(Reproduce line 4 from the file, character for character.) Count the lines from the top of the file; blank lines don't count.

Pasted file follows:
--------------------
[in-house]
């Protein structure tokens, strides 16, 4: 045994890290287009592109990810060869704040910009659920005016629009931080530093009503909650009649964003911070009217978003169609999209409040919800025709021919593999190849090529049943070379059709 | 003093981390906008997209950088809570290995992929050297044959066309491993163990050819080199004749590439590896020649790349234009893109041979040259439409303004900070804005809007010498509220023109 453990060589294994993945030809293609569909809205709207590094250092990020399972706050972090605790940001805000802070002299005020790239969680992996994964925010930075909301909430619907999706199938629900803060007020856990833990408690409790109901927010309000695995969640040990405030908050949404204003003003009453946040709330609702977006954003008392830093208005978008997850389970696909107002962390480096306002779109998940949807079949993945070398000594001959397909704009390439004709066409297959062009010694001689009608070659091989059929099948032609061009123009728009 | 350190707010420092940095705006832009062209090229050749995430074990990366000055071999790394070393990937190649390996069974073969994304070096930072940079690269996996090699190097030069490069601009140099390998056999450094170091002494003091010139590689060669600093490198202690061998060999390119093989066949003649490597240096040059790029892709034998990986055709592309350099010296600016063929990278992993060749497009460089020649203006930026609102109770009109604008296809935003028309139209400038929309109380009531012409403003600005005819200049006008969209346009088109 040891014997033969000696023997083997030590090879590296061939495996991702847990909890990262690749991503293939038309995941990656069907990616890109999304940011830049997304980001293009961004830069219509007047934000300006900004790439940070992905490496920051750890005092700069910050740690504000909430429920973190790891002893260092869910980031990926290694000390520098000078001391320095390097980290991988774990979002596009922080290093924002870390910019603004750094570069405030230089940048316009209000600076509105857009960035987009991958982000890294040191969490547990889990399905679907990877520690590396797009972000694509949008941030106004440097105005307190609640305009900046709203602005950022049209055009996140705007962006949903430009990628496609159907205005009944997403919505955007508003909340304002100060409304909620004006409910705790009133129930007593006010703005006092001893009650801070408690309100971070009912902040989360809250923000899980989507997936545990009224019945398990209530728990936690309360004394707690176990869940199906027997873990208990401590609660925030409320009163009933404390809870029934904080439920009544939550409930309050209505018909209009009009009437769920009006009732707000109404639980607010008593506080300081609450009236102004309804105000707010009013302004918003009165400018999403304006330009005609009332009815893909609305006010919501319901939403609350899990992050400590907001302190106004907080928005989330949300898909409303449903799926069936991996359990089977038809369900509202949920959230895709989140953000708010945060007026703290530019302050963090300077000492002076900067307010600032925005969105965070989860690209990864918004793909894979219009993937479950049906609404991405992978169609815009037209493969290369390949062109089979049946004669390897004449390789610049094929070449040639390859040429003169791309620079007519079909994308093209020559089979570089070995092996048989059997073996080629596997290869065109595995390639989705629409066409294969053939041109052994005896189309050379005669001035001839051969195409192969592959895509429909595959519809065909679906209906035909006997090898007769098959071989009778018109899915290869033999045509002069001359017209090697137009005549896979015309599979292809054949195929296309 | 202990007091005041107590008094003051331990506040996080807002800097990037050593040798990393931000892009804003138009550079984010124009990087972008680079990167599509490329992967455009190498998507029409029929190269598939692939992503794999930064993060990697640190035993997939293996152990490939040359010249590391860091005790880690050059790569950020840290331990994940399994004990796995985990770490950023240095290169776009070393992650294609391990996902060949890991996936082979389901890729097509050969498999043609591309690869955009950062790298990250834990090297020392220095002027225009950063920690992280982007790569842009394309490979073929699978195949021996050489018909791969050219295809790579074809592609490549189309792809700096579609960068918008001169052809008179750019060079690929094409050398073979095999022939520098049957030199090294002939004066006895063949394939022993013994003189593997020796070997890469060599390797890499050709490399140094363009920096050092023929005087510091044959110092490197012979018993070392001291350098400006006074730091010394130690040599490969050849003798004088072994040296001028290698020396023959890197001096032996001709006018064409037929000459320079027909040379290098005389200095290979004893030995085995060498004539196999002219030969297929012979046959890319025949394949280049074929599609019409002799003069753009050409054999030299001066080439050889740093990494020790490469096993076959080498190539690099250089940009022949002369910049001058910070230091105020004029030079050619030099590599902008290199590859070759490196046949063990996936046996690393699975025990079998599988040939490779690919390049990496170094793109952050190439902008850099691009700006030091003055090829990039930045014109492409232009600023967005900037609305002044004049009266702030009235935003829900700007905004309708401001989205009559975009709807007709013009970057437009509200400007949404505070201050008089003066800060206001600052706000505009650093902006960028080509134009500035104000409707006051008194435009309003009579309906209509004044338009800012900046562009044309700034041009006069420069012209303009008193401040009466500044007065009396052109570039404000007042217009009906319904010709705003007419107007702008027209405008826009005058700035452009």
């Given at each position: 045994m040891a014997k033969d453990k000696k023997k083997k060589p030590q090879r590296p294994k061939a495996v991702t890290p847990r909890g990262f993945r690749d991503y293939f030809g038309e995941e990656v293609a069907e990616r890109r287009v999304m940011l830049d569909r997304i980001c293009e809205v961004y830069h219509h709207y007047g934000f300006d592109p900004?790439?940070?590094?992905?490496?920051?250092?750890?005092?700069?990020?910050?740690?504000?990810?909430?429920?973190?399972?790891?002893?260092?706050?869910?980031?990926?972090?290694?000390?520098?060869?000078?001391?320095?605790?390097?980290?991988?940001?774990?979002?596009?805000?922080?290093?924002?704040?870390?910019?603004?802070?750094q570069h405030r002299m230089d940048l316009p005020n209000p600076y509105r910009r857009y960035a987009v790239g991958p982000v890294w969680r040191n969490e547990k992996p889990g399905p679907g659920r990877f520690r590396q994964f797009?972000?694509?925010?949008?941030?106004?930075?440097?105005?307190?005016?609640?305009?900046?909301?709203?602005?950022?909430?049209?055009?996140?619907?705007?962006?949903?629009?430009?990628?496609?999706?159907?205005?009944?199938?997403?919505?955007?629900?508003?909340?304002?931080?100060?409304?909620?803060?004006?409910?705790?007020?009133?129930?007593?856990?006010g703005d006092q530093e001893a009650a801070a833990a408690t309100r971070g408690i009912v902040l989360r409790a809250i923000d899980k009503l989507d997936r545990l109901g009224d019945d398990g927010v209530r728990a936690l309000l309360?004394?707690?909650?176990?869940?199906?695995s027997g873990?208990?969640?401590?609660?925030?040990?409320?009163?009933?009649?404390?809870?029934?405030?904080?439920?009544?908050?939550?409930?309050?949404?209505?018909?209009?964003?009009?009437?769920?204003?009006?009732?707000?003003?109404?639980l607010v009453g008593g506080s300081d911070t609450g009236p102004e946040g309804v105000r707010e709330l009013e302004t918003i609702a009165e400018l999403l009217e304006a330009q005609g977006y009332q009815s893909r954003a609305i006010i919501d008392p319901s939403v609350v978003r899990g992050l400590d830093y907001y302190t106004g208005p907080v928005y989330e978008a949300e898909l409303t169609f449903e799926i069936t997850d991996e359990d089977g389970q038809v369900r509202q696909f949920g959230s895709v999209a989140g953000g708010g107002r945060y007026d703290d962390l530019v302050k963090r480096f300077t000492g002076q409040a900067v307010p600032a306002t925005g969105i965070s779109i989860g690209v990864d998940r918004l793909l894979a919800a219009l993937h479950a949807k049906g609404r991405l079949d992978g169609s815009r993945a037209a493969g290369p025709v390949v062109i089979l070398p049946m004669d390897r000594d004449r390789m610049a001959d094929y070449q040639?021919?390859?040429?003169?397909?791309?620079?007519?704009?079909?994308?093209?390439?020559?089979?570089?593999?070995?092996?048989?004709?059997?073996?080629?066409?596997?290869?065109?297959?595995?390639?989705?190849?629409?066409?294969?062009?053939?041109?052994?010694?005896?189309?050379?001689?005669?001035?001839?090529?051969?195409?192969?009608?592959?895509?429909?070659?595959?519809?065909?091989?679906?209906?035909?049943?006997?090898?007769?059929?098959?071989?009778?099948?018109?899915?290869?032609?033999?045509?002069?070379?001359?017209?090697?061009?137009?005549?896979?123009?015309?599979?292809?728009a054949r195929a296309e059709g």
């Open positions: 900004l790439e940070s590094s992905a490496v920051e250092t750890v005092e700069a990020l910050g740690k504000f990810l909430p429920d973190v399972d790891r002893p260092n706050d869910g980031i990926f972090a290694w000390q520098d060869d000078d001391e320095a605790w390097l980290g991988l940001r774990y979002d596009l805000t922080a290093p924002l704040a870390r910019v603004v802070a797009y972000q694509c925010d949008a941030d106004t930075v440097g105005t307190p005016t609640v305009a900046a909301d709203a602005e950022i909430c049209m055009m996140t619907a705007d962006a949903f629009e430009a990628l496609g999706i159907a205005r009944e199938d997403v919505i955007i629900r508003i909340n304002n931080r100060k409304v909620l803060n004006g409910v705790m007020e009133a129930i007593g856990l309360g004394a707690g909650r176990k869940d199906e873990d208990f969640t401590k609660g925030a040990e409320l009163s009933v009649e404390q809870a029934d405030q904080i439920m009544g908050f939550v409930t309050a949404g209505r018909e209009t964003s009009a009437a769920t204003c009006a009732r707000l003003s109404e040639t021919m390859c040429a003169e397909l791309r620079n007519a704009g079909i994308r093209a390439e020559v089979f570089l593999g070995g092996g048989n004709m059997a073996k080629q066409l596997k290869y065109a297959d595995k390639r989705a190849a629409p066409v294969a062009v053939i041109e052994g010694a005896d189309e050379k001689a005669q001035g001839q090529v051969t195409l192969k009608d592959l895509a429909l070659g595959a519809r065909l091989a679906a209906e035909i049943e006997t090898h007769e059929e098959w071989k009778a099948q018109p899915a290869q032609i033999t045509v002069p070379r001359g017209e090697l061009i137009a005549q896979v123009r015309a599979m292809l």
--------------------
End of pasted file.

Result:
């Open positions: 900004l790439e940070s590094s992905a490496v920051e250092t750890v005092e700069a990020l910050g740690k504000f990810l909430p429920d973190v399972d790891r002893p260092n706050d869910g980031i990926f972090a290694w000390q520098d060869d000078d001391e320095a605790w390097l980290g991988l940001r774990y979002d596009l805000t922080a290093p924002l704040a870390r910019v603004v802070a797009y972000q694509c925010d949008a941030d106004t930075v440097g105005t307190p005016t609640v305009a900046a909301d709203a602005e950022i909430c049209m055009m996140t619907a705007d962006a949903f629009e430009a990628l496609g999706i159907a205005r009944e199938d997403v919505i955007i629900r508003i909340n304002n931080r100060k409304v909620l803060n004006g409910v705790m007020e009133a129930i007593g856990l309360g004394a707690g909650r176990k869940d199906e873990d208990f969640t401590k609660g925030a040990e409320l009163s009933v009649e404390q809870a029934d405030q904080i439920m009544g908050f939550v409930t309050a949404g209505r018909e209009t964003s009009a009437a769920t204003c009006a009732r707000l003003s109404e040639t021919m390859c040429a003169e397909l791309r620079n007519a704009g079909i994308r093209a390439e020559v089979f570089l593999g070995g092996g048989n004709m059997a073996k080629q066409l596997k290869y065109a297959d595995k390639r989705a190849a629409p066409v294969a062009v053939i041109e052994g010694a005896d189309e050379k001689a005669q001035g001839q090529v051969t195409l192969k009608d592959l895509a429909l070659g595959a519809r065909l091989a679906a209906e035909i049943e006997t090898h007769e059929e098959w071989k009778a099948q018109p899915a290869q032609i033999t045509v002069p070379r001359g017209e090697l061009i137009a005549q896979v123009r015309a599979m292809l």